OH HI! So, getting back into the swing of things after vacation--how 'bout them apples? This week was a little rough, but I'm so excited to get back to my routine, including blogging and cooking and livin' the life. The vacation though. So good. We spent a few days in the Black Hills and a few days in Denver, after our first day in the Badlands. I'm going to split those stops into two different posts because you're already going to be sick of me by the end of this one, but let me just start with this: if you live in the Twin Cities, you've gotta get yourself to the Black Hills. It's beautiful there, and it's only seven hours away. Seriously. Grab your calendar, and block some time. Preferably in the summer. And this is what you should do. Ready? Here we go.
I. Mount Rushmore and Crazy Horse
Super novel ideas I have so far, right? You never would have thought to include these on your trip? Ok, it just has to be said. Everyone should see Mount Rushmore at least once. And Crazy Horse, too--although, I have to be honest, Dan and I were both excited to see how much progress they'd made at Crazy Horse because we were both there about twenty years ago, when just the face was finished...and it's still basically just the face that's finished. So you've probably got plenty of time to catch the "in progress" version of that one.
We did Mount Rushmore right away when we got to The Black Hills, and we did Crazy Horse the next day. They don't take long, and you've just gotta go. And it's fun. Ok, next.
II. Sylvan Lake
This is where the worthwhile tips start--I got this one from a coworker whose family lives in the area, and I hadn't read about it on any travel sites. Sylvan Lake was one of our favorite parts of this whole trip--the lake itself is beautiful and Kelly loved swimming in it, but the 4-mile hike on the Sunday Gulch loop was the star of the show. It starts at the lake, which is surrounded by walking trails you could enjoy in flip flops.
Super instagram-able. If you decide to do the Sunday Gulch hike, you need some good shoes and preferably some athletic wear. We did it in tennis shoes and normal clothes, and I was wishing I had switched into something more sweat-friendly about halfway through.
The hike starts going down hill over some huge boulders, with hand rails built into the rock to help avoid falls. This was really fun, and something I hadn't seen before--no trail, just hand rails over a big rocky descent. From there, it went through the woods for a while, and then up, up, up to some pretty spectacular views (and burning quads).
We did this hike in an hour and a half at a pretty good clip, but we ran into several groups who said they'd been at it around three hours. Plan some time for it, but don't miss it.
III. The Wildlife Loop (Custer State Park)
This little drive through Custer State Park is one of your best chances to see buffalo (and prairie dogs, and wild donkeys) just roamin' around. We read to go in the morning or evening, and we did the loop first thing one day. We saw tons of buffalo (there's a herd that hangs out in this area, and they're often close enough to the road to see them) and some donkeys that were standing in the middle of the road and weren't interested in moving. Kelly loved the baby buffalo and the prairie dogs.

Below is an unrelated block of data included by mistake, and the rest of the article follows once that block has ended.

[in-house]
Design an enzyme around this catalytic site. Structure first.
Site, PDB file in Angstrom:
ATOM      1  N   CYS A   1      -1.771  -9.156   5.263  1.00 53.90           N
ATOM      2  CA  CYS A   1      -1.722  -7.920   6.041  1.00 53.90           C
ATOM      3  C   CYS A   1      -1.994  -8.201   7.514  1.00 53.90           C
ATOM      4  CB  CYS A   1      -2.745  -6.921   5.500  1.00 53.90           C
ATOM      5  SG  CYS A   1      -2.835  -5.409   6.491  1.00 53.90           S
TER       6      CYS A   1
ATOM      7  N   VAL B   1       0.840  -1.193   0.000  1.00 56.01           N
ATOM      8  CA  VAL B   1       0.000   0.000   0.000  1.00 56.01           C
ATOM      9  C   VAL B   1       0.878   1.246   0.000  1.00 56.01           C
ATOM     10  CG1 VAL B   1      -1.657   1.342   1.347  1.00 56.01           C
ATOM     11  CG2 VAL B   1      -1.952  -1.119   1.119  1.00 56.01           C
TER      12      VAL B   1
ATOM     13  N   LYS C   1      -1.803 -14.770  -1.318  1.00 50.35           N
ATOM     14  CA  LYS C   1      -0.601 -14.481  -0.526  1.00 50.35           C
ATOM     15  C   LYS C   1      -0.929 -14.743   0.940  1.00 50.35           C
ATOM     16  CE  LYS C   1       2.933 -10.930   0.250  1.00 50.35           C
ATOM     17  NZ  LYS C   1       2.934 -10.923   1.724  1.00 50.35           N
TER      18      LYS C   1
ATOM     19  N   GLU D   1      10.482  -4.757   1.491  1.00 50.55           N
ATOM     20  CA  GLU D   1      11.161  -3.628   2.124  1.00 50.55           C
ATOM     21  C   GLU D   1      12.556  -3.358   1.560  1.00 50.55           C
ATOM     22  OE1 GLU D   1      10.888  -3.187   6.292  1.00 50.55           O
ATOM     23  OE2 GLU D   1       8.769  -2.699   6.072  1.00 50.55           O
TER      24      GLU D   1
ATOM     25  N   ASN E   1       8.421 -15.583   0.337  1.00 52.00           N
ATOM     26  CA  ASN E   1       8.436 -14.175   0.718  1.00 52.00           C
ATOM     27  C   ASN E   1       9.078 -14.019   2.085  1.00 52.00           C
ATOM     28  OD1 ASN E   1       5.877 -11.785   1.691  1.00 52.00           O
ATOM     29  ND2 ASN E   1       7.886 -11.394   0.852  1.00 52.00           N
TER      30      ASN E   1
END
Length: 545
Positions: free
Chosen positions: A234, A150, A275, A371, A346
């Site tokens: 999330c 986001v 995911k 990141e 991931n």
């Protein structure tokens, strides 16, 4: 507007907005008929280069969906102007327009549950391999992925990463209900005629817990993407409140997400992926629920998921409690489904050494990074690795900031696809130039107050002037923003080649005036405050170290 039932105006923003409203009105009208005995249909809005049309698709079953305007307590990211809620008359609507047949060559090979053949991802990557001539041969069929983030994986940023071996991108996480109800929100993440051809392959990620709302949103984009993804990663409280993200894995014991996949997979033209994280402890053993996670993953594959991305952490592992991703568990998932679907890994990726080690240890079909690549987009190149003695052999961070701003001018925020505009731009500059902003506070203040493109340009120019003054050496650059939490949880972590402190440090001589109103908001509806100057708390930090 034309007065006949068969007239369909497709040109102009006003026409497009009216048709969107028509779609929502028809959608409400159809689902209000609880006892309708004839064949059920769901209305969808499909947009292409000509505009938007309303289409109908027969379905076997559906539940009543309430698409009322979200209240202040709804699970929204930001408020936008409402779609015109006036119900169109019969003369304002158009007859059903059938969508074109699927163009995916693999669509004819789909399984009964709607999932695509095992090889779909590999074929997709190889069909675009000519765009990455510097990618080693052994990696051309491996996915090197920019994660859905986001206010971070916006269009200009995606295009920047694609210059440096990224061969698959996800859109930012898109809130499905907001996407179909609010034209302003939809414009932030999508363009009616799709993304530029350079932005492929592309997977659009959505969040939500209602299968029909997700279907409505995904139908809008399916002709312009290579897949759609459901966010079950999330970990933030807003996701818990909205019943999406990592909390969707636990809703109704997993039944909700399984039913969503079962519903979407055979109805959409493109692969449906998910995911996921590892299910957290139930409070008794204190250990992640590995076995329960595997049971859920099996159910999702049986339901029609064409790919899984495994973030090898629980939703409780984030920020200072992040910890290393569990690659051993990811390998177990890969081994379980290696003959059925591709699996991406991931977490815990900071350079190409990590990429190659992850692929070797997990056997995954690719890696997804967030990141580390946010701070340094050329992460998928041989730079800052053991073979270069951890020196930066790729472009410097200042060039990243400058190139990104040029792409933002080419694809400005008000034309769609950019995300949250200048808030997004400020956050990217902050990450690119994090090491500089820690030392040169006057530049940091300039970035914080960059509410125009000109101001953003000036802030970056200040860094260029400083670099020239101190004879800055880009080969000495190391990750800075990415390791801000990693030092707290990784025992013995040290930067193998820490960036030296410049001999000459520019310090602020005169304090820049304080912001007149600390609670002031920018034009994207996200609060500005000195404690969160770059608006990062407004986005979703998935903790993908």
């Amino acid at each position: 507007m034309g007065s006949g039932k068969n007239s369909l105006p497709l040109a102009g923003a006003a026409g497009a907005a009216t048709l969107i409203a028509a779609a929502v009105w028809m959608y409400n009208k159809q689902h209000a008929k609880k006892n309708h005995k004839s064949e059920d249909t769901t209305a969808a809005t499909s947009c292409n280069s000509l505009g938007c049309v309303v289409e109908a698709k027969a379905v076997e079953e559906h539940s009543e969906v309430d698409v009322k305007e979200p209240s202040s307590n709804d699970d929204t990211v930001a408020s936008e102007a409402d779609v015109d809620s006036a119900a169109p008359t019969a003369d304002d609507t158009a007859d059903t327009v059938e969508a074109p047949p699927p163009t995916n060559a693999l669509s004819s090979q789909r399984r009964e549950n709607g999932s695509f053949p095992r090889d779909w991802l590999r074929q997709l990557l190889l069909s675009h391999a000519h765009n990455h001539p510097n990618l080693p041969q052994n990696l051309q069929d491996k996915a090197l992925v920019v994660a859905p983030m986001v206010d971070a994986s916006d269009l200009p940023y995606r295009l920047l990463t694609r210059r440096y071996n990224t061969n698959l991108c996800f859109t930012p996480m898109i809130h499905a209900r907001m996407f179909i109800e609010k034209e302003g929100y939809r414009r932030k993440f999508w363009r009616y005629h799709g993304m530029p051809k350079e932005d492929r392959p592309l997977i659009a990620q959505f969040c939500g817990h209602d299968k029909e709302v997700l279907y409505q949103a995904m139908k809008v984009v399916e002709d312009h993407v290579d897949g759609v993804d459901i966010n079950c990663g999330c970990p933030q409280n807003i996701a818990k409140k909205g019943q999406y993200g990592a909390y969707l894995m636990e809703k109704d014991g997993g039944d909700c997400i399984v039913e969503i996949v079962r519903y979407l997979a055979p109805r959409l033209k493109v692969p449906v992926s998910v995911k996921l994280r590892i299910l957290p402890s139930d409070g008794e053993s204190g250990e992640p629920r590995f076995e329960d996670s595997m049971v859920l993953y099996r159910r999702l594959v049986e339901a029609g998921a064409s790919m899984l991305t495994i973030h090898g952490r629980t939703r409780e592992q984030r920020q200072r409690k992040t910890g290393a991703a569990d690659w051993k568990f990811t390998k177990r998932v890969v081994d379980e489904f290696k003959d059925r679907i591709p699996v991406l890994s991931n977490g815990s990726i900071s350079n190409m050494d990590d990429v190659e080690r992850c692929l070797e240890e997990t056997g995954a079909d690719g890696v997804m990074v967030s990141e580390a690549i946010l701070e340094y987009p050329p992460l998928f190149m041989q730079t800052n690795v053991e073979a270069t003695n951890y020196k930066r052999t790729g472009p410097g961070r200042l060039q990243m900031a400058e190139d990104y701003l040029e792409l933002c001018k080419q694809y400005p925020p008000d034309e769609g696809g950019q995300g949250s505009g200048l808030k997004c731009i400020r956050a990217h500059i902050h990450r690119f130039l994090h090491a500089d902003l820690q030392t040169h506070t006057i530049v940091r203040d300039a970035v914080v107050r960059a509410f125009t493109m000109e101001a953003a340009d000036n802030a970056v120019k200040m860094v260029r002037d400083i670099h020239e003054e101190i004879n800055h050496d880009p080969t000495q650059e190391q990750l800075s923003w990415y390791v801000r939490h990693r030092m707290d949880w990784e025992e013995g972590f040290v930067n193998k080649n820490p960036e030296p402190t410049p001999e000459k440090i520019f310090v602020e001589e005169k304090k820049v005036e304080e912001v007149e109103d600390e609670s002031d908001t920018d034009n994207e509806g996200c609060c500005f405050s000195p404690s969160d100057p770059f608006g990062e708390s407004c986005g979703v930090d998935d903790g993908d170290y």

IV. Jewel Cave National Monument
If you've never done a cave tour, you need to include this on your itinerary. It's a cool experience, and this one is big and interesting and the tour is pretty accessible for family members of any age. You need to stop by early to get your tickets (the tours go all day but they sell out before noon). We grabbed tickets for our tour and then went to Crazy Horse while we waited for our tour to start. It's cold in the cave, so you need to bring a sweater (Kelly's helpfully illustrating that for you in this picture) and photos really don't do the cave justice, but Kelly thought it was "SO cool" and the ceilings were mostly tall enough for Dan to fit through, so we gave this two thumbs up.
V. Reptile Gardens
There are a lot of hokey tourist traps in the Black Hills, and it can be hard to guess what will be worth your while, but luckily we heard from several people that Reptile Gardens was worth the trip, and it definitely did not disappoint. If you've got kids with you who are even remotely interested in animals, you've gotta stop here. They do three shows--a gator show, a snake show, and a bird show--each at several times throughout the day, and they have exhibits you can walk around in between the shows. The shows are entertaining and informative--I mean, this guy jumped on an alligator's back.
They also had enormous snakes and a giant tortoise that you could touch. The tortoise was pretty motionless until Dan came--I think it recognized another giant in its presence and lifted its head pretty excitedly (for a tortoise).
Kell also got to touch a snake, and a baby alligator. My only tip is to plan about half a day here--I thought this was going to be more of an hour-long activity, but the shows are cool and you won't want to miss them, so you need at least an hour and a half for those and another hour or two to walk around and see everything.
There you have it--the fab five of the Black Hills. Next up is a Denver recap, and then a return to our regularly-scheduled programming, including Ragnar training! The race is in less than two weeks. I'm a little bit in denial, but still super excited. Plus, I ran hills on vacation...so that cancels out the fact that I barely ran this week, right? Yeah, I think so too.